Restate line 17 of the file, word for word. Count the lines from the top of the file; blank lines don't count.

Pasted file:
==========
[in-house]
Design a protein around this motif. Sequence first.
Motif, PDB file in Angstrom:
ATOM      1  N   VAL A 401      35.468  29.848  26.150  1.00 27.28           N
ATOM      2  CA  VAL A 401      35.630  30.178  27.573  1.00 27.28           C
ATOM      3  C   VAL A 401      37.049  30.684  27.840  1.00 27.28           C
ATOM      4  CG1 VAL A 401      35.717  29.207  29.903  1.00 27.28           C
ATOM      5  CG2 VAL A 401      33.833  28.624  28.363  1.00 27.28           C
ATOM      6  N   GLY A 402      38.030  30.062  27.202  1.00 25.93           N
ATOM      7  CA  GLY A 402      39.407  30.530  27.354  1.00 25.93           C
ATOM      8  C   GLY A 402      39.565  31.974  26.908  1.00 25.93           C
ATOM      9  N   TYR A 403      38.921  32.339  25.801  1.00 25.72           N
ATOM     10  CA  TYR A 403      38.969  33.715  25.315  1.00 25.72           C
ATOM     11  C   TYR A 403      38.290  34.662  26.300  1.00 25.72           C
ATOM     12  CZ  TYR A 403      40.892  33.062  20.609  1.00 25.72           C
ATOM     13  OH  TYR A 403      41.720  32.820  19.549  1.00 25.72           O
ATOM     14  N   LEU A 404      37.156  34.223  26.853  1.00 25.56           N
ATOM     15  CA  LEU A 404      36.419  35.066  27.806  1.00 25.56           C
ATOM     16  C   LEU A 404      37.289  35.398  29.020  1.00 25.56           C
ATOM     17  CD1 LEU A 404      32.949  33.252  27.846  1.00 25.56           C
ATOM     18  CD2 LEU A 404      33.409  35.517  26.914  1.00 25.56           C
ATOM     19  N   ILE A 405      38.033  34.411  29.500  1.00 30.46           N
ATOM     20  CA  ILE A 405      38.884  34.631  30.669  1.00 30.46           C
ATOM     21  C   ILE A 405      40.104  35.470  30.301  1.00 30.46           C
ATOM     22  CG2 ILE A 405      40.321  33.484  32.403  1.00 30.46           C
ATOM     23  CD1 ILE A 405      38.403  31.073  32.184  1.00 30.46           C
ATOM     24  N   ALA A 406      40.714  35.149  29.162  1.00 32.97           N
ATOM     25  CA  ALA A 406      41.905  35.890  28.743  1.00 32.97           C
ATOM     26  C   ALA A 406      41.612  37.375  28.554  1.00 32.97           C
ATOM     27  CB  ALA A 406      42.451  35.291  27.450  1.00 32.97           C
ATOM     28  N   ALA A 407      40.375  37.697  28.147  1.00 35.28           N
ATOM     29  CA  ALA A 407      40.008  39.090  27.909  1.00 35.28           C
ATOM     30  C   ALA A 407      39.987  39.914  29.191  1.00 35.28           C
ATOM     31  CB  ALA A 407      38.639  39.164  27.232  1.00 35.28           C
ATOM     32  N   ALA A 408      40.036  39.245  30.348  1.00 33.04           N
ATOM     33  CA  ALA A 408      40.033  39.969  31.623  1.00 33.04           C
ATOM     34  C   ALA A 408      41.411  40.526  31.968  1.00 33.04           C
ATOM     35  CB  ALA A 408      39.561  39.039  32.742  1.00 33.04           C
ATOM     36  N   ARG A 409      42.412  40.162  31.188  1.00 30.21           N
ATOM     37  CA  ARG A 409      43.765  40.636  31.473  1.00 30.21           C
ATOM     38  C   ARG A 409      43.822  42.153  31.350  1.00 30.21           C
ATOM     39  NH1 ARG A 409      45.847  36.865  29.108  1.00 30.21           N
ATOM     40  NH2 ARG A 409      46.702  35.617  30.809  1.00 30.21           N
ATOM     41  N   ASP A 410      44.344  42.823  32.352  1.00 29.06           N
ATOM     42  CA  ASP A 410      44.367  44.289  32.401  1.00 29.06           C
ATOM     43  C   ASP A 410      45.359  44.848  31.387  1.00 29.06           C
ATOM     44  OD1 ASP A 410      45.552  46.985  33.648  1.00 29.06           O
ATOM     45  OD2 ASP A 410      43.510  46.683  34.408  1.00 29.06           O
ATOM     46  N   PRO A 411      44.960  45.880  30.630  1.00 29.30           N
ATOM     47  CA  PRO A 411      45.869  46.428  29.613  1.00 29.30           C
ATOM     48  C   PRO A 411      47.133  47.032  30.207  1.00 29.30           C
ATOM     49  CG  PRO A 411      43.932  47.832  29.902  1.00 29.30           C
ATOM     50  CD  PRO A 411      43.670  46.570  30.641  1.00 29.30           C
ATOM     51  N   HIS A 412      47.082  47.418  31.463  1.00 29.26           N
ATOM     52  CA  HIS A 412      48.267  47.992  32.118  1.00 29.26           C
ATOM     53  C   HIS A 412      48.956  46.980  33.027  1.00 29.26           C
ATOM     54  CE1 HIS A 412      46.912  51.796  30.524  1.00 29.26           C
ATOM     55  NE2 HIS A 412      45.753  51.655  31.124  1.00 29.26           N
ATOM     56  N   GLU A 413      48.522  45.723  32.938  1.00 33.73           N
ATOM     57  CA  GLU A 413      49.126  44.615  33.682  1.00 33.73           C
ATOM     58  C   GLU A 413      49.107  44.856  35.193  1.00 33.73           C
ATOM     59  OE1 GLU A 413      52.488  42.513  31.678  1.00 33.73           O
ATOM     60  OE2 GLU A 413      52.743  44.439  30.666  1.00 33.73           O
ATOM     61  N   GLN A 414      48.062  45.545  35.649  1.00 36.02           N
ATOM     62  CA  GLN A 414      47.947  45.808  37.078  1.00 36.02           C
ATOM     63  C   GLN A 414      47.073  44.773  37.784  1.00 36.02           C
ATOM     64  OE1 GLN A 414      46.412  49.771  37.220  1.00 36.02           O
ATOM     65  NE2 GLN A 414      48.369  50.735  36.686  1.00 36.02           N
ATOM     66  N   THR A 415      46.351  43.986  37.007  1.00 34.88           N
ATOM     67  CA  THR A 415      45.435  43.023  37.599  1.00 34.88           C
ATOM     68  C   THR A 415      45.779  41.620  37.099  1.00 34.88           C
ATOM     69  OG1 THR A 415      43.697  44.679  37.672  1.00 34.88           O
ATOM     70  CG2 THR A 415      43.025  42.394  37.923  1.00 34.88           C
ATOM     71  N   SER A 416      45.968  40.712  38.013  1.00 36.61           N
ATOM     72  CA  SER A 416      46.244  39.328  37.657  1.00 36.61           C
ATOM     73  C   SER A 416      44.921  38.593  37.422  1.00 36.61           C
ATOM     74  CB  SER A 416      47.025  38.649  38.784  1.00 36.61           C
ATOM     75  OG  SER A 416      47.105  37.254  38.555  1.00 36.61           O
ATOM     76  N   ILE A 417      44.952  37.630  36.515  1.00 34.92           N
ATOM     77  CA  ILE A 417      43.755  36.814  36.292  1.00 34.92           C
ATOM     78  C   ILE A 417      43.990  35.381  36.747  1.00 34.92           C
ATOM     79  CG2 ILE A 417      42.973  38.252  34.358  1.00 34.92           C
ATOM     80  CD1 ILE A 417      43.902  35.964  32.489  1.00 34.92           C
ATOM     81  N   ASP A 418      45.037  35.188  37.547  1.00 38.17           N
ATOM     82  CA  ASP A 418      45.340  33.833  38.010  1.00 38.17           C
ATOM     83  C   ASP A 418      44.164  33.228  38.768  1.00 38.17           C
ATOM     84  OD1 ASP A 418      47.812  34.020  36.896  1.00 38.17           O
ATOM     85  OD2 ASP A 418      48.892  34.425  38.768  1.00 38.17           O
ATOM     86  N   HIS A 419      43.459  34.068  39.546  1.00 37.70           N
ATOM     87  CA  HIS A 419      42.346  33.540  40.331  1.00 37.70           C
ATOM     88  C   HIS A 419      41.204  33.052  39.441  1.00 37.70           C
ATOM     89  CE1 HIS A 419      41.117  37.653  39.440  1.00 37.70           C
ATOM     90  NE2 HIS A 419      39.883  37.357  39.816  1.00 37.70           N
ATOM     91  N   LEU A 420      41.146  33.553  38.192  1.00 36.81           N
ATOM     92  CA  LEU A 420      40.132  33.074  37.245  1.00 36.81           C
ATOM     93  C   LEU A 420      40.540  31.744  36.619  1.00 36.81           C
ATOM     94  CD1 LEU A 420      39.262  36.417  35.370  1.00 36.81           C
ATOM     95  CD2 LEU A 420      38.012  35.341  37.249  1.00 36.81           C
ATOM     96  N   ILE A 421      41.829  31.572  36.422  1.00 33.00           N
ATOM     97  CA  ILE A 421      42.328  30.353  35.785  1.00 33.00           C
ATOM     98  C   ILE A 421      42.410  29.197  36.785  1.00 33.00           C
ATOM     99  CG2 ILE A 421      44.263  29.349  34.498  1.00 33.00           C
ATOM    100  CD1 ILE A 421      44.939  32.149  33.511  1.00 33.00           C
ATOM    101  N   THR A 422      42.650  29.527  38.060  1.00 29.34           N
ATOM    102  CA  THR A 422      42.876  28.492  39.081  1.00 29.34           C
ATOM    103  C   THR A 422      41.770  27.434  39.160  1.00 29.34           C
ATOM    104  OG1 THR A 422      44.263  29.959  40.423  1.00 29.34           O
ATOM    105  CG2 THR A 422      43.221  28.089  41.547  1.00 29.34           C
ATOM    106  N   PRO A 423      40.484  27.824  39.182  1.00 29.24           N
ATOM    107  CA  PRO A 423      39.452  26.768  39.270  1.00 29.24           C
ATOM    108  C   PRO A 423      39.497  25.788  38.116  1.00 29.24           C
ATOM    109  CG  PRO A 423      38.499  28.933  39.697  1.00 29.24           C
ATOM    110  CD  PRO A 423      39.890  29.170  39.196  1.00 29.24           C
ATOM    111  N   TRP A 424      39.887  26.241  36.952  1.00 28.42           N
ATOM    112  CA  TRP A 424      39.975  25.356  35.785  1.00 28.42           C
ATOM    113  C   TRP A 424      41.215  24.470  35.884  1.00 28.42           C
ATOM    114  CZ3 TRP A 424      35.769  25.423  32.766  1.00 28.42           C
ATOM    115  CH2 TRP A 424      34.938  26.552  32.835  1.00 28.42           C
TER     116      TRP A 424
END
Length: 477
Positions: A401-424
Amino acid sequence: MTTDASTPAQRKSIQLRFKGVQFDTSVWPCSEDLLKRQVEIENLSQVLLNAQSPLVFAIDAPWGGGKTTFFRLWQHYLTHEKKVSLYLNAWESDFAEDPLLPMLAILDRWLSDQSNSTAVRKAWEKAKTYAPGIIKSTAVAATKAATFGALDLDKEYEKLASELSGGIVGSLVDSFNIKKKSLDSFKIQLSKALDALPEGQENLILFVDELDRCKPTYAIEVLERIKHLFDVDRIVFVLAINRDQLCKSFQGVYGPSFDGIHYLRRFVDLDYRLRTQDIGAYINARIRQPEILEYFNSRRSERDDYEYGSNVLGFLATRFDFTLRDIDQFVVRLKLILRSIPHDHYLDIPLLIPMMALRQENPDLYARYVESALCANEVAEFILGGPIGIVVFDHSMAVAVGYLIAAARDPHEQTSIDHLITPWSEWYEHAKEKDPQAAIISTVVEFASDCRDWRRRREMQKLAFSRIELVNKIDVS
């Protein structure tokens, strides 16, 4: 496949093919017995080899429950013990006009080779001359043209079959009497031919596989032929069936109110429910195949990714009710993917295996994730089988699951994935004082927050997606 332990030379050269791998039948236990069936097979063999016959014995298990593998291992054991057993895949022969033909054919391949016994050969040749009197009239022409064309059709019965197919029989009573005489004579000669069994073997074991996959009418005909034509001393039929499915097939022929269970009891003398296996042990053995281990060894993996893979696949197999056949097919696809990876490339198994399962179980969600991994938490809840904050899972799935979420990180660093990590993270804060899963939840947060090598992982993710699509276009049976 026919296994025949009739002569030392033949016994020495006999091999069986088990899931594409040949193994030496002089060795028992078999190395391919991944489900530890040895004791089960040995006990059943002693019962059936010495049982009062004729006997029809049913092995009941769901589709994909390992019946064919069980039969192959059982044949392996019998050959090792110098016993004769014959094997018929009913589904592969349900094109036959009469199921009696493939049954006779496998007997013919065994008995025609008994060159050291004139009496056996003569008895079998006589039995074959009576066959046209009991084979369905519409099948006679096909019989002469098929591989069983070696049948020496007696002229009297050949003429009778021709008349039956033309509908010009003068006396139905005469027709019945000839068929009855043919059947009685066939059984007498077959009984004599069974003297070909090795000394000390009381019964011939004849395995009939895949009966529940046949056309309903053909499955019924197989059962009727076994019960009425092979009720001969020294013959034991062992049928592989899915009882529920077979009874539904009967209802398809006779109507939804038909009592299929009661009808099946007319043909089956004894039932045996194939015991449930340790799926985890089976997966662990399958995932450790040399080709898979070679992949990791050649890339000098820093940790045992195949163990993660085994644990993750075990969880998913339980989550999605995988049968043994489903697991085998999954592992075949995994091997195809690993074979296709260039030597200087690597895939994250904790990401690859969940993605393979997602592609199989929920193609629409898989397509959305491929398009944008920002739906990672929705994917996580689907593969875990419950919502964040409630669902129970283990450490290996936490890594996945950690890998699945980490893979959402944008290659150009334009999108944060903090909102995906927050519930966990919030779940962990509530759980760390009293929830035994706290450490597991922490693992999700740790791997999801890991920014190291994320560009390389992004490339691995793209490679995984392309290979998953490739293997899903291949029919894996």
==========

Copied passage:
ATOM     14  N   LEU A 404      37.156  34.223  26.853  1.00 25.56           N